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“I received an answer to this letter on Monday the 10th, in which I was assured, that a court-martial would be granted, as soon as the officers capable of giving evidence could leave their posts, but previously to the receipt of that letter, I was dismissed from all my military employments. Notwithstanding which dismission, I still hope and am informed that I may have the advantage of a legal trial.

“In the mean time, the only indulgence I have to ask is, that the public will suspend its judge. ment till such facts can be produced, from which alone the truth can appear. But if plans of a battle are to be referred to, which can give no just idea of it; if dispositions of the cavalry and the infantry are supposed which never existed; if orders for attacks and pursuits are quoted which never were delivered, and if disobedience to those imaginary orders are asserted as a crime: what can an injured officer, under such circumstances, have recourse to, but claiming that justice which is due to every Englishman, of being heard before he is condemned ? The sooner that happens, the happier I shall be; as I am conscious my innocence must appear, when real facts are truly stated and fully proved.


Previous to his leaving the continent, he

wrote a letter to Colonel Fitzroy, demanding an explanation, why his name was omitted in the orders for rejoicing; to which the colonel returned the following answer:

“ Minden, Aug. 3, 1759. MY LORD, “His Serene Highness, upon some report made to him by the Duke of Richmond of the situation of the enemy, sent Captain Ligonier and myself with orders for the British cavalry to advance. His Serene Highness was at this instant one or two brigades beyond the English infantry, towards the left. Upon my arrival on the right of the cavalry, I found Captain Ligonier with your lordship. Notwithstanding, I declared his Serene Highness's orders to you ; upon which you desired I would not be in a hurry: I made answer, that galloping had put me out of breath, which made me speak very quick. I then repeated the orders for the British cavalry to advance toward the left, and at the same time, mentioning the circumstance that occasioned the orders, added, “That it was a glorious opportunity for the English to distinguish themselves, and that your lordship, by leading them on, would gain immortal honour.' You yet expressed your surprise at the orders (as they differed so materially from what Captain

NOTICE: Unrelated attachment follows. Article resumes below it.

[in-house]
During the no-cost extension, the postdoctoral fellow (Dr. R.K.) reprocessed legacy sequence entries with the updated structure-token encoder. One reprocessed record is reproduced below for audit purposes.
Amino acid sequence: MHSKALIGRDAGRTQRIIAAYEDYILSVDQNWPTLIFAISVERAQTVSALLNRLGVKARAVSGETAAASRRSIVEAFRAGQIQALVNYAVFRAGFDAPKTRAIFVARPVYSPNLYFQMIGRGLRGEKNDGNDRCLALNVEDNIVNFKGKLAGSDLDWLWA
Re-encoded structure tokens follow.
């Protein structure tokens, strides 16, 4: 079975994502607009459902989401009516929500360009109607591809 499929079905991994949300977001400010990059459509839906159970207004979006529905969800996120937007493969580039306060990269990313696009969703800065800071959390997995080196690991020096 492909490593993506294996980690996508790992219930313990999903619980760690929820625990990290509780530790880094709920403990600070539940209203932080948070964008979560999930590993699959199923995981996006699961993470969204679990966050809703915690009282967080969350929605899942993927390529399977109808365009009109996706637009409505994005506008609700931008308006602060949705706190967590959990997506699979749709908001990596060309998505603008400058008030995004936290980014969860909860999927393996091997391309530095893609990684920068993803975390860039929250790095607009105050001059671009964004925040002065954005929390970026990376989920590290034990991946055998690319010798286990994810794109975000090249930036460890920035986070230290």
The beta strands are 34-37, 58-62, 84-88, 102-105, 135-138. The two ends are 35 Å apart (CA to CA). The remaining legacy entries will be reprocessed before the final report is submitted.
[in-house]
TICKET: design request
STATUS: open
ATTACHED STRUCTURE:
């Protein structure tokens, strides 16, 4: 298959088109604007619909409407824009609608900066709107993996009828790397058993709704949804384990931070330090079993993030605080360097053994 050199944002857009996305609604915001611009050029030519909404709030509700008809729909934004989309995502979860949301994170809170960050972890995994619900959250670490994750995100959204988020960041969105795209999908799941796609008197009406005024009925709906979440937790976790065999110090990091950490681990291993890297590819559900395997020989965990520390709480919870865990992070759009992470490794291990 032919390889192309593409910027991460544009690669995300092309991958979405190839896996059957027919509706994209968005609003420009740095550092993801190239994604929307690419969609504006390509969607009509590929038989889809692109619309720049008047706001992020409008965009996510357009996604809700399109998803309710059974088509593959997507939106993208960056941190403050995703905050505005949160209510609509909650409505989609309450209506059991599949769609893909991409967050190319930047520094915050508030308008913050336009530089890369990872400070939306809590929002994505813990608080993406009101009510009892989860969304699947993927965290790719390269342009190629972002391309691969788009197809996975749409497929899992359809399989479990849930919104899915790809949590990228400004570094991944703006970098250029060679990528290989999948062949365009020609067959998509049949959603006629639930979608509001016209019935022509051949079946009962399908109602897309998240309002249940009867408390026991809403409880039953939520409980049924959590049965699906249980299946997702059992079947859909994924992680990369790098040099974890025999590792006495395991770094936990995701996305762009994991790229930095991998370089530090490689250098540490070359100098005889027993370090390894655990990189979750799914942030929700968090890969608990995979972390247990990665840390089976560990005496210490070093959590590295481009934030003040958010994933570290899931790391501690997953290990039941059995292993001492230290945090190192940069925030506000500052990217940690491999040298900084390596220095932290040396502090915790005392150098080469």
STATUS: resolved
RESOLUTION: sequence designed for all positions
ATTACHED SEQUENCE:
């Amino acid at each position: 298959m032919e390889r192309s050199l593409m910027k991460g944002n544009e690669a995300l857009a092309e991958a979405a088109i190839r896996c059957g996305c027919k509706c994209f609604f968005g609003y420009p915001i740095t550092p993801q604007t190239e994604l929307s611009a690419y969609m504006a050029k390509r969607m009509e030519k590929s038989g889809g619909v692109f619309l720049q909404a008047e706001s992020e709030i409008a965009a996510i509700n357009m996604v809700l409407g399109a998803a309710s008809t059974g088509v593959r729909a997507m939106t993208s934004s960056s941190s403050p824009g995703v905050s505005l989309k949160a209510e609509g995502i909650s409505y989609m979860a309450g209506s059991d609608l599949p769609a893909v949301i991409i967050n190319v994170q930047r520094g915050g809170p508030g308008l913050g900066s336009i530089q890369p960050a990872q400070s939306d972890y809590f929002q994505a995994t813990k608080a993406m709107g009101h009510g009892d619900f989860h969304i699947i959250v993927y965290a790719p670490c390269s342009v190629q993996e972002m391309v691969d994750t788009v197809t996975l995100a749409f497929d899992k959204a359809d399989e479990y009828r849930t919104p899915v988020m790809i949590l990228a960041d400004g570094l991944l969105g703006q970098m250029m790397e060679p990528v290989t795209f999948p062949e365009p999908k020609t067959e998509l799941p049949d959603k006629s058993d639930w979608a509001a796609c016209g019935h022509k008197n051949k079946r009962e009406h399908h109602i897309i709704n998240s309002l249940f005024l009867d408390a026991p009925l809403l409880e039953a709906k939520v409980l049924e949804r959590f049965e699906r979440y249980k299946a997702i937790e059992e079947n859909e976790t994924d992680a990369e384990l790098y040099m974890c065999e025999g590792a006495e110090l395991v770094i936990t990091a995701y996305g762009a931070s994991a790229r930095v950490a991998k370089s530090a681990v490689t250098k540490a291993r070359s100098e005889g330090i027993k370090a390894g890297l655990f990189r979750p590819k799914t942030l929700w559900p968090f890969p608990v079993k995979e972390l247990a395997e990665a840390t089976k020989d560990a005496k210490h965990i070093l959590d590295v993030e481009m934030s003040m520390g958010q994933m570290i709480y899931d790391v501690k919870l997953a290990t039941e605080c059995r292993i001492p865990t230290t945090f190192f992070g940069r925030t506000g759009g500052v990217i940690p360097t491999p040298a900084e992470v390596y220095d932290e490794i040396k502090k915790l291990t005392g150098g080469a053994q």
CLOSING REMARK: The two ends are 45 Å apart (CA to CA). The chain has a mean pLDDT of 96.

Ligonier had just brought), saying, it was impossible the duke could mean to break the line. My answer was; that I delivered his Serene Highness's orders, word for word as he gave them. Upon which you asked which way the cavalry was to march and who was to be their guide. I undertook to lead them towards the left, round the little wood on their left, as they were then drawn up, where they might be little exposed to the enemy's cannonade. Your lordship continued to think my orders neither clear nor exactly delivered; and, expressing your desire to see Prince Ferdinand, ordered me to lead you to him ; which order I was obeying, when we met his Serene Highness. During this time I did not see the cavalry advance. Cap"tain Smith, one of your aids-de-camp, once or twice made me repeat the orders I had before delivered to your lordship, and I hope he will do me the justice to say they were clear and ex